Charting the trends – our skies were much quieter in 2020, but flying still proved to be less safe… or was it?

1 April, 2021

The popular saying "lies, damned lies, and statistics" is a phrase describing the persuasive power of numbers, particularly the use of statistics to bolster weak arguments. But when it comes to statistics, the year 2020 will be one where the figures will be quickly forgotten.

We are now more than a year into the Coronavirus pandemic and that means the year-on-year comparisons of much of 2020 that showed calamitous declines in travel capacity and demand are now suddenly transitioning from significant negatives to healthy positives. They are all just numbers that without proper context around them mean very little.

Latest air safety data released by the International Air Transport Association (IATA) highlights this perfectly. While the skies above us were much quieter in 2020, it appears that they were less safe. IATA’s data shows the total number of accidents decreased from 52 in 2019 to 38 in 2020 and fatal accidents decreased from eight in 2019 to five in 2020. However, the all accident rate was 1.71 accidents per million flights. This is higher than the five-year (2016-2020) average rate which is 1.38 accidents per million flights.

Although these statistics show the industry did take a step back on performance in 2020, it doesn’t mean that air travel is getting more dangerous. Flying remains a safe form of transport. In fact, that same IATA dataset within its 2020 Safety Report shows that the fatality risk when flying remained unchanged in 2020 when compared to the five-year average.

With a fatality risk of 0.13 for air travel, on average, a person would have to travel by air every day for 461 years before experiencing an accident with at least one fatality. On average, a person would have to travel every day for 20,932 years to experience a 100% fatal accident.

When it comes to the 2020 data, the severe reduction in flight numbers “magnified the impact of each accident when we calculate rates,” says IATA’s outgoing director general and CEO Alexandre de Juniac. However, the numbers don’t lie, and Mr de Juniac notes this will not be allowed to become a trend. “We will have even sharper focus on safety during this period of reduced operations and as flight schedules are rebuilt when the world reopens,” he says.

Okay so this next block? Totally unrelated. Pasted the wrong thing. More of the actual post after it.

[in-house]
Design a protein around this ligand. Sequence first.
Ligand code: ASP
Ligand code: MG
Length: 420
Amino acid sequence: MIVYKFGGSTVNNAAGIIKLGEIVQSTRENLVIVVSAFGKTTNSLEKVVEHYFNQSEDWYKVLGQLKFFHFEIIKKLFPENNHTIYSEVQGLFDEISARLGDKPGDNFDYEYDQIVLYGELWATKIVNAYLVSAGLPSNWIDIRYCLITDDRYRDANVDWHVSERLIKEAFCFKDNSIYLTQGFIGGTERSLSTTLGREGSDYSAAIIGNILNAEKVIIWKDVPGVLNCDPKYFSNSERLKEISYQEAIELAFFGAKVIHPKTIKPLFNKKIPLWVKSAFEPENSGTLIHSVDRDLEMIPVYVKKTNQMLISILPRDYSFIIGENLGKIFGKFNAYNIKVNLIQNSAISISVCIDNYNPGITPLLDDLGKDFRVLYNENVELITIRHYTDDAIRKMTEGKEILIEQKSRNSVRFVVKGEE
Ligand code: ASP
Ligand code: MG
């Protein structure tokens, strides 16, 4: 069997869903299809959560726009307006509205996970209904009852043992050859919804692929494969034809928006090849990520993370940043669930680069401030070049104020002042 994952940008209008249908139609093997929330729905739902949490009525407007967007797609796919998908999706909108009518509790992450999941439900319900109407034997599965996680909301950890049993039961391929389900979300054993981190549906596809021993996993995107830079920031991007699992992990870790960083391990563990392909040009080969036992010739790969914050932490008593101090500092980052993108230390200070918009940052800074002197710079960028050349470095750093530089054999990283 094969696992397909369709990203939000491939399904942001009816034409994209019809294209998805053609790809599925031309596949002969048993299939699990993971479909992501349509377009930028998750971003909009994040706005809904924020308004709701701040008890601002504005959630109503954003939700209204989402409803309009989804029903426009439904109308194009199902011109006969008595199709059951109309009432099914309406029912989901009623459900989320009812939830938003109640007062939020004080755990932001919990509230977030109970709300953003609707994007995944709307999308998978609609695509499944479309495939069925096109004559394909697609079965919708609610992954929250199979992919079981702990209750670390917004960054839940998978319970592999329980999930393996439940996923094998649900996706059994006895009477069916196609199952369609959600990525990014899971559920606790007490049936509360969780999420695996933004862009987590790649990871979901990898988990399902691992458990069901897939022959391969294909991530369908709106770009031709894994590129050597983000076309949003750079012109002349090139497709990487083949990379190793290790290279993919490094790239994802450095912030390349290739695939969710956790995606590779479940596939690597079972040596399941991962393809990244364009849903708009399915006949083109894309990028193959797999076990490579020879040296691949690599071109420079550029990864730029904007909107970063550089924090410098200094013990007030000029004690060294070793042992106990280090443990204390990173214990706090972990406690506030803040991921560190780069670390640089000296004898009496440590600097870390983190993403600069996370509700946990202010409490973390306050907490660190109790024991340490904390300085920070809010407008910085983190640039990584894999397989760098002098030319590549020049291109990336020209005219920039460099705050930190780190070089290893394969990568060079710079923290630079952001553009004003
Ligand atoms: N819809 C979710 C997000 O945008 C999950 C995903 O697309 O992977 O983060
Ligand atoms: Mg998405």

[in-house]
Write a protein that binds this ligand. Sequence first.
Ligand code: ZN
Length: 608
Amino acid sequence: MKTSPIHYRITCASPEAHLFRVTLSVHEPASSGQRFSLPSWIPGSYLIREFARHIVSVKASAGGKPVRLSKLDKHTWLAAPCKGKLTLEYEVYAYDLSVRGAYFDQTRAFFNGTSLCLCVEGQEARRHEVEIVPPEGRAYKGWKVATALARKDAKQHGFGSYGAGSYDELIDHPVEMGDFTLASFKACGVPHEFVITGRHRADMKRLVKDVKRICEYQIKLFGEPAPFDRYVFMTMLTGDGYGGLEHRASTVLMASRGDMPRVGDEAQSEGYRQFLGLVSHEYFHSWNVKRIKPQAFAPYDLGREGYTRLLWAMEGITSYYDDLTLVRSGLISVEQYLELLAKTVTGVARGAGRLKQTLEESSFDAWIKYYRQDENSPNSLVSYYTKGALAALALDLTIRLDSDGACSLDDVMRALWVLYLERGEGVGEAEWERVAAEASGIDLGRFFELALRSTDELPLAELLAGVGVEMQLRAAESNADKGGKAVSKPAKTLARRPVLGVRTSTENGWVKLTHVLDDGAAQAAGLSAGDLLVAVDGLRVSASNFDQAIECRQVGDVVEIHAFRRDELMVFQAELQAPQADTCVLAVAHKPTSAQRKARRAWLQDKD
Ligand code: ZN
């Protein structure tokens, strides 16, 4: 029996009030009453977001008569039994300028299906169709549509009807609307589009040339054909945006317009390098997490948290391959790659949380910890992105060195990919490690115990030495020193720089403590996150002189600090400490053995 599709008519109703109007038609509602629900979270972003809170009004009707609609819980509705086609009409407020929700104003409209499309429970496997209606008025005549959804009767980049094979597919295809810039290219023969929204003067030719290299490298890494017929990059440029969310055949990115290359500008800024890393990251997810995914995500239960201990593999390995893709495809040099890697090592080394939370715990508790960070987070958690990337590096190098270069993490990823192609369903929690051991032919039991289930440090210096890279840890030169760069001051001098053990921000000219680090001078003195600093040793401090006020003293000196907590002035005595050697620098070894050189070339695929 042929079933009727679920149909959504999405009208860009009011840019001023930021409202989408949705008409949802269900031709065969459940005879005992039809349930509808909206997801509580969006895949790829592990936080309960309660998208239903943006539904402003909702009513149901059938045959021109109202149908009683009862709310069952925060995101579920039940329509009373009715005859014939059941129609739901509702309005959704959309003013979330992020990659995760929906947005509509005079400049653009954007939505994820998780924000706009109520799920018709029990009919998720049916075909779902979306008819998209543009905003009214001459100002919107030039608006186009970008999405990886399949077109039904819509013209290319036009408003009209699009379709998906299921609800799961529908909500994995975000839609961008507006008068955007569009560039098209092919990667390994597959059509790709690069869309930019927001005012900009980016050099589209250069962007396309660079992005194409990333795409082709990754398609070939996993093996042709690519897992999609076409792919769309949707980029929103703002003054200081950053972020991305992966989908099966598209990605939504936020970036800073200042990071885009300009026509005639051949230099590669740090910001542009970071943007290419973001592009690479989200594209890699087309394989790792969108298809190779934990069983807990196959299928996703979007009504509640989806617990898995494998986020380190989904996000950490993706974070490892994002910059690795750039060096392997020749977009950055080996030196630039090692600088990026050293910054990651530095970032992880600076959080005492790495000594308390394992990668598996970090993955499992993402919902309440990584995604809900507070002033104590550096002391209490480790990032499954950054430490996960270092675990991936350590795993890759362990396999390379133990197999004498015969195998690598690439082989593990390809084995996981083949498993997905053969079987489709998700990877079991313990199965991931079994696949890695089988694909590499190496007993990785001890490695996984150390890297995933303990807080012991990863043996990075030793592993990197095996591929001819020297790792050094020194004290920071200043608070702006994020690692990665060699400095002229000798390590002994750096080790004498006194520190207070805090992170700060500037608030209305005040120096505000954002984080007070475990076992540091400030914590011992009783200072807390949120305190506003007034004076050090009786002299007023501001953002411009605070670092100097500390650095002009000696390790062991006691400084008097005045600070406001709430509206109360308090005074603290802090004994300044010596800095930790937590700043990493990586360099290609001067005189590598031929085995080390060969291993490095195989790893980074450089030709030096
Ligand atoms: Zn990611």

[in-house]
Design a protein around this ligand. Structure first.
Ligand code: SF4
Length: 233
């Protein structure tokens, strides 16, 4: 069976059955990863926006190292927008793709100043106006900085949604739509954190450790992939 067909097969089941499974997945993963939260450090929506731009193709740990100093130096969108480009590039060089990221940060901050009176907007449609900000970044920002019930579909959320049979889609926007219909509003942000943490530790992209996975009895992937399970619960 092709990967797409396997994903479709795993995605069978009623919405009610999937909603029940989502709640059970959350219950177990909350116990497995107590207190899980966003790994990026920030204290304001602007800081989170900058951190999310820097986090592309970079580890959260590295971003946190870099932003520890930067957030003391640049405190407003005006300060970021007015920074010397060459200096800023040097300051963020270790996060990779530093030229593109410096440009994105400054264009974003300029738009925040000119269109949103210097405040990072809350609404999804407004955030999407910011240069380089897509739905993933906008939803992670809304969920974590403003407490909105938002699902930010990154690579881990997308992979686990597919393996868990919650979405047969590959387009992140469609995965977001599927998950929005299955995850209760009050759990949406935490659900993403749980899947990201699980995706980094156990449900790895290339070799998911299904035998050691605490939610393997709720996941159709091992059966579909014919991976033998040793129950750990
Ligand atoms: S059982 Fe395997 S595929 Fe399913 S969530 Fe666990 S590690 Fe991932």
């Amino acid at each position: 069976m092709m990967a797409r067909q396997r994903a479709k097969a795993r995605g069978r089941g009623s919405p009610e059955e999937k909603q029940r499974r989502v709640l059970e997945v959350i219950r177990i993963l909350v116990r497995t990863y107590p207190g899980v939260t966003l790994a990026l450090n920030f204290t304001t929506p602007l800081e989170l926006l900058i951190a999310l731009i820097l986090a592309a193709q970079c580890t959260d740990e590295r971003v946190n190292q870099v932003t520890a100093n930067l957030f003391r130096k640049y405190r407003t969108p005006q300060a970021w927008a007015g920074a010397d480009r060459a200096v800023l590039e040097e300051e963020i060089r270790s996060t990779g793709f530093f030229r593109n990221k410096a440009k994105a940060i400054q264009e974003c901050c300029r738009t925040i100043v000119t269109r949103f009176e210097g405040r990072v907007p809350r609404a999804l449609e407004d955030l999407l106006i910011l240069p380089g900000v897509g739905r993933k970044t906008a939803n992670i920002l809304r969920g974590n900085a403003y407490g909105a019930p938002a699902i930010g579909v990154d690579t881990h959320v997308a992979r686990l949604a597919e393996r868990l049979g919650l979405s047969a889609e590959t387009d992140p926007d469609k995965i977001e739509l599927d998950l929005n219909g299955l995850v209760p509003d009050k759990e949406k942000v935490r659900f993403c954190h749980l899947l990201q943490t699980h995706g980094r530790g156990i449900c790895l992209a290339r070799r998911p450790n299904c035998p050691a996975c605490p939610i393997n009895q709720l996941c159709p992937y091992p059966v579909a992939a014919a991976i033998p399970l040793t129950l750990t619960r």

The standout statistic in all of this is that last year, an estimated 1.795 billion passengers flew safely on about 22 million flights in 2020, but that as a headline does not get attention!

They say ‘a picture paints a thousand words’. In this regular section CTC – Corporate Travel Community offers a graphical insight into a key industry observation or trend. Continuing the air safety theme we look at the IATA 2020 Safety Report and look at the total number of fatalities (line and vertical right axis) and the number of fatal accidents (stacked bar and vertical left axis) split between aircraft propulsion. This is a classic example of a statistics snapshot purely highlighting the numbers and without wider context. The data is not being normalised by the aircraft flight count; therefore alone it suggests 2020 was a very strong year for air safety. This could be defined as a classic example of the "lies, damned lies, and statistics" observation.

This regular section also now incorporates and expands on the charts produced in the 2020 air capacity series ‘Coronavirus Statistics Snapshot’. These are based on an analysis of OAG schedule data and include a weekly look at how the pandemic is impacting global flight levels in the world’s largest markets; a week-on-week and year-on-year comparison of flight departures by geographical region and a look at how weekly capacity is trending: the latter comparing levels to 2020 and also to the 2019 baseline performance.


Departure frequencies up +2.43% versus last week; up+15.03% versus 2020 and down -41.79% versus 2019.

Seat capacity up +3.87% versus last week; up +26.94% versus 2020 and down -42.83% versus 2019.

CHART: Week-on-week change in flight departures by region

CHART: Year-on-year weekly departure performance for world’s top 30 markets versus 2019

CHART: Year-on-year weekly departure performance for world’s top 30 markets versus 2020

CHART: Departure capacity trends with year-on-year performance

CHART: Departure capacity trends versus 2019